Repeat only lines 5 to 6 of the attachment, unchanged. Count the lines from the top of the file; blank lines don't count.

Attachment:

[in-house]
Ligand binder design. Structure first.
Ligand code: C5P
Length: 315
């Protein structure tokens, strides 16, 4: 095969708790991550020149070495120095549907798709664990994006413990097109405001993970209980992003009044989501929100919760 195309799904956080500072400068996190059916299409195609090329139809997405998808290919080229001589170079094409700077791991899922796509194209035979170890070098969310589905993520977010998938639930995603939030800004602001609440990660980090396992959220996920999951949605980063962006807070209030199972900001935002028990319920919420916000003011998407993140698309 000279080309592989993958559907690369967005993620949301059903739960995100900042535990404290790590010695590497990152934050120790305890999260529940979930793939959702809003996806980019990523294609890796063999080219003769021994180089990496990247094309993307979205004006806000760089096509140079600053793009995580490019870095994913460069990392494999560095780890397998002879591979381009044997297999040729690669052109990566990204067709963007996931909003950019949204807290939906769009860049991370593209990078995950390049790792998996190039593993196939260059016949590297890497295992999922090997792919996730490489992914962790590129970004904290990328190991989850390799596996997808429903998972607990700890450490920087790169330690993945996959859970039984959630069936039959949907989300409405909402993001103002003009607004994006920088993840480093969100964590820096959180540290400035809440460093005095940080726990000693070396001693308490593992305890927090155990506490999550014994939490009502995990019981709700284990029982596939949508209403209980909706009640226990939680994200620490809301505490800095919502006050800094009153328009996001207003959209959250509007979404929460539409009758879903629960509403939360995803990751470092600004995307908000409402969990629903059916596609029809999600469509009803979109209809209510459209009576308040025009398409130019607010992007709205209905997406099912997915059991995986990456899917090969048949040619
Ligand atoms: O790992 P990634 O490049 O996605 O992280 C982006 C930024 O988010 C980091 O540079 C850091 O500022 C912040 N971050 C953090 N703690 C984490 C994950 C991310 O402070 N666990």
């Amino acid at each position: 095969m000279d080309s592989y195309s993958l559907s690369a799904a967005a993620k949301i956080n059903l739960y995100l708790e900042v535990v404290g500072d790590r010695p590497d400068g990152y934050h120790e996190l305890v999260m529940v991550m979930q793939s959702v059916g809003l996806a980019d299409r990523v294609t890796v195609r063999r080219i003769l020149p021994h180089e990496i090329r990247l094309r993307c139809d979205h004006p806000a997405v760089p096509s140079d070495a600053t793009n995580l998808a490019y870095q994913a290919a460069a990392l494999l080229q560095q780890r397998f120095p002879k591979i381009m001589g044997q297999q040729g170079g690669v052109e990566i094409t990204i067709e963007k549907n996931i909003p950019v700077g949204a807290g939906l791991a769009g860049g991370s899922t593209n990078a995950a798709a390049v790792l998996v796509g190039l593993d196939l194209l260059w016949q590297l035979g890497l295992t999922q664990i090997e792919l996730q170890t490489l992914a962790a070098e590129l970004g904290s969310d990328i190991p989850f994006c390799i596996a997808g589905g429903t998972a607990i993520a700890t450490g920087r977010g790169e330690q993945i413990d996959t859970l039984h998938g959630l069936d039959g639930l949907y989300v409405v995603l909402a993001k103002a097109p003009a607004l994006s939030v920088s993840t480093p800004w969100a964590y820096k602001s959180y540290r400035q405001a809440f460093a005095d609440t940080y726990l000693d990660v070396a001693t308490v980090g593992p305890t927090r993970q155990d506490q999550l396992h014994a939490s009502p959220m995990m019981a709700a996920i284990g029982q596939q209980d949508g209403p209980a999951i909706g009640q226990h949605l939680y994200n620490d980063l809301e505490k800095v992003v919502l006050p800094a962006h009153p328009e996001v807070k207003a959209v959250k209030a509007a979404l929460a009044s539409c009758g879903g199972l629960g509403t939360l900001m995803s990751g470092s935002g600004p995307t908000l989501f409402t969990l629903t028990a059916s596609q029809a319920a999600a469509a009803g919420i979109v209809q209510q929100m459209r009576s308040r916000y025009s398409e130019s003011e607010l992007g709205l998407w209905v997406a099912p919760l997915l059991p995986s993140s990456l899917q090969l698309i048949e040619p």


């Protein structure tokens, strides 16, 4: 095969708790991550020149070495120095549907798709664990994006413990097109405001993970209980992003009044989501929100919760 195309799904956080500072400068996190059916299409195609090329139809997405998808290919080229001589170079094409700077791991899922796509194209035979170890070098969310589905993520977010998938639930995603939030800004602001609440990660980090396992959220996920999951949605980063962006807070209030199972900001935002028990319920919420916000003011998407993140698309 000279080309592989993958559907690369967005993620949301059903739960995100900042535990404290790590010695590497990152934050120790305890999260529940979930793939959702809003996806980019990523294609890796063999080219003769021994180089990496990247094309993307979205004006806000760089096509140079600053793009995580490019870095994913460069990392494999560095780890397998002879591979381009044997297999040729690669052109990566990204067709963007996931909003950019949204807290939906769009860049991370593209990078995950390049790792998996190039593993196939260059016949590297890497295992999922090997792919996730490489992914962790590129970004904290990328190991989850390799596996997808429903998972607990700890450490920087790169330690993945996959859970039984959630069936039959949907989300409405909402993001103002003009607004994006920088993840480093969100964590820096959180540290400035809440460093005095940080726990000693070396001693308490593992305890927090155990506490999550014994939490009502995990019981709700284990029982596939949508209403209980909706009640226990939680994200620490809301505490800095919502006050800094009153328009996001207003959209959250509007979404929460539409009758879903629960509403939360995803990751470092600004995307908000409402969990629903059916596609029809999600469509009803979109209809209510459209009576308040025009398409130019607010992007709205209905997406099912997915059991995986990456899917090969048949040619
Ligand atoms: O790992 P990634 O490049 O996605 O992280 C982006 C930024 O988010 C980091 O540079 C850091 O500022 C912040 N971050 C953090 N703690 C984490 C994950 C991310 O402070 N666990």